RCRM Speakers Series Podcast

Hard Labour: Beyond the Internet Search

Episode Summary

“Hard Labour: Beyond the Internet Search” literally takes us to the depth of historical research. With information available at the click of a mouse button, it is easy nowadays to overlook how much data remains undigitized. When the assumption that all the important information is accessible has been stripped away, a change in perspective is needed. Working with previously overlooked material, a researcher can find new ground from which to challenge established views and find areas where the accepted history falls short in capturing the full story.

Episode Notes

Before announcing episode 6 of The RCRM Speakers Series, the museum wishes to acknowledge all our loyal followers of this program. The past four months have brought changes and unrest, but they also opened large doors in the cyberspace. A big thank you to all those who downloaded episodes in Canada, US, France, UK, Germany, Australia, Dominican Republic, Belgium, Ireland and Bahrain. Our museum has produced digital content more than ever, and we encourage you to continue engaging with us via social media, website, Simplecast and YouTube.

For episode 6 of the RCRM Speakers Series, we have invited Captain (ret’d) Michael O’Leary to share his experience as a researcher of … all things RCR! 

Michael O’Leary is well known by the larger regimental circles across the country, but also by the local community, especially The Royal Canadian Regiment Museum, where he volunteers for many years. He served 40 years in the Canadian Forces, with the Princess Louise Fusiliers and The Royal Canadian Regiment. He published in the Infantry Journal, the Army Doctrine and Training Bulletin, and Pro Patria, the regimental journal of The RCR. In his published work, Michael has explored many facets of the infantry and the military history, but he maintains a central focus on researching The Royal Canadian Regiment. In 2015, he was awarded the Sovereign's Medal for Volunteers for his work on researching First World War soldiers and for sharing his work with the Canadian public through the website “The Regimental Rogue.” On this website, Michael has collected, displayed and wrote about a variety of military topics. He is also a collector of badges and medals to The RCR, which allowed for continuing his research on the Regiment and expand upon his understanding of soldiers' experiences. Michael lives in London with his wife, Reverend Laurie, and they have three children and three grandchildren.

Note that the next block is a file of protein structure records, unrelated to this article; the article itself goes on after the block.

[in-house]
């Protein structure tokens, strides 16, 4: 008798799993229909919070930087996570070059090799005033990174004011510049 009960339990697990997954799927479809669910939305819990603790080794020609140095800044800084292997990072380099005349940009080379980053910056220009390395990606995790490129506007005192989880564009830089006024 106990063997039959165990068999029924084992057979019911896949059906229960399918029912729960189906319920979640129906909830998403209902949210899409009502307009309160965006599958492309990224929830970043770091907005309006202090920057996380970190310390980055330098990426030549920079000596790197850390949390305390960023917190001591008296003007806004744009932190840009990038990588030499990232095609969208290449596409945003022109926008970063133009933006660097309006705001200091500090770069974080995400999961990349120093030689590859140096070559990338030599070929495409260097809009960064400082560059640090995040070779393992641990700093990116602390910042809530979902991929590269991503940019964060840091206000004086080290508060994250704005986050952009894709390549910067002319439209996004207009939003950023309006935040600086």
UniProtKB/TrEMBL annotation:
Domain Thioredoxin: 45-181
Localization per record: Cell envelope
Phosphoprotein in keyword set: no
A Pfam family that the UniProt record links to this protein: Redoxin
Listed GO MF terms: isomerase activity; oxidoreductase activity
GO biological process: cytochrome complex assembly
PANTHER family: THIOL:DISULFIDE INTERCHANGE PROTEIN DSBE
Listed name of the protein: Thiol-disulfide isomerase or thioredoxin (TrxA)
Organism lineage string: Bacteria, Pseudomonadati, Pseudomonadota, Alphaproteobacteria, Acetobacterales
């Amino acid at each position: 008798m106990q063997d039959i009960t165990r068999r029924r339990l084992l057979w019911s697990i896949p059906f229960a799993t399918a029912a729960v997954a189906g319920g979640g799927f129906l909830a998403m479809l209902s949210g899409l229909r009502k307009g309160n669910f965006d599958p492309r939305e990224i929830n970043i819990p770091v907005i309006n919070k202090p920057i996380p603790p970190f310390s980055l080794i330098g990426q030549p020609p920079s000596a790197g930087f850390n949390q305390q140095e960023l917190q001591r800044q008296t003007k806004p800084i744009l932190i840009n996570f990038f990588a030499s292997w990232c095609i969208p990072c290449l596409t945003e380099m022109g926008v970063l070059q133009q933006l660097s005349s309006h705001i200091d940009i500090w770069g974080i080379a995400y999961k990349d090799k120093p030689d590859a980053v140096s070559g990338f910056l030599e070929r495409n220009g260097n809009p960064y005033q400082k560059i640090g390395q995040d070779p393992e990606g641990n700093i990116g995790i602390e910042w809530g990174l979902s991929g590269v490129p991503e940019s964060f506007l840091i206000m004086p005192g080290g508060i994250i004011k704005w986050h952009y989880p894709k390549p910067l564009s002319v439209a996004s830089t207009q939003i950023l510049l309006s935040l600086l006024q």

Expanding on his research of The RCR soldiers, Captain O’Leary has compiled, transcribed, and analyzed information in regimental sources on soldiers of the First World War and the decades before and after. Michael O’Leary describes and discusses projects he has undertaken to go beyond the established views cultivated by decades of adherence to limited published sources. His approach offers the advantage of unveiling material so far unknown; ultimately this leads to a deeper understanding of regimental life that has long been overlooked. To the diligent researcher, the task is both, daunting and rewarding.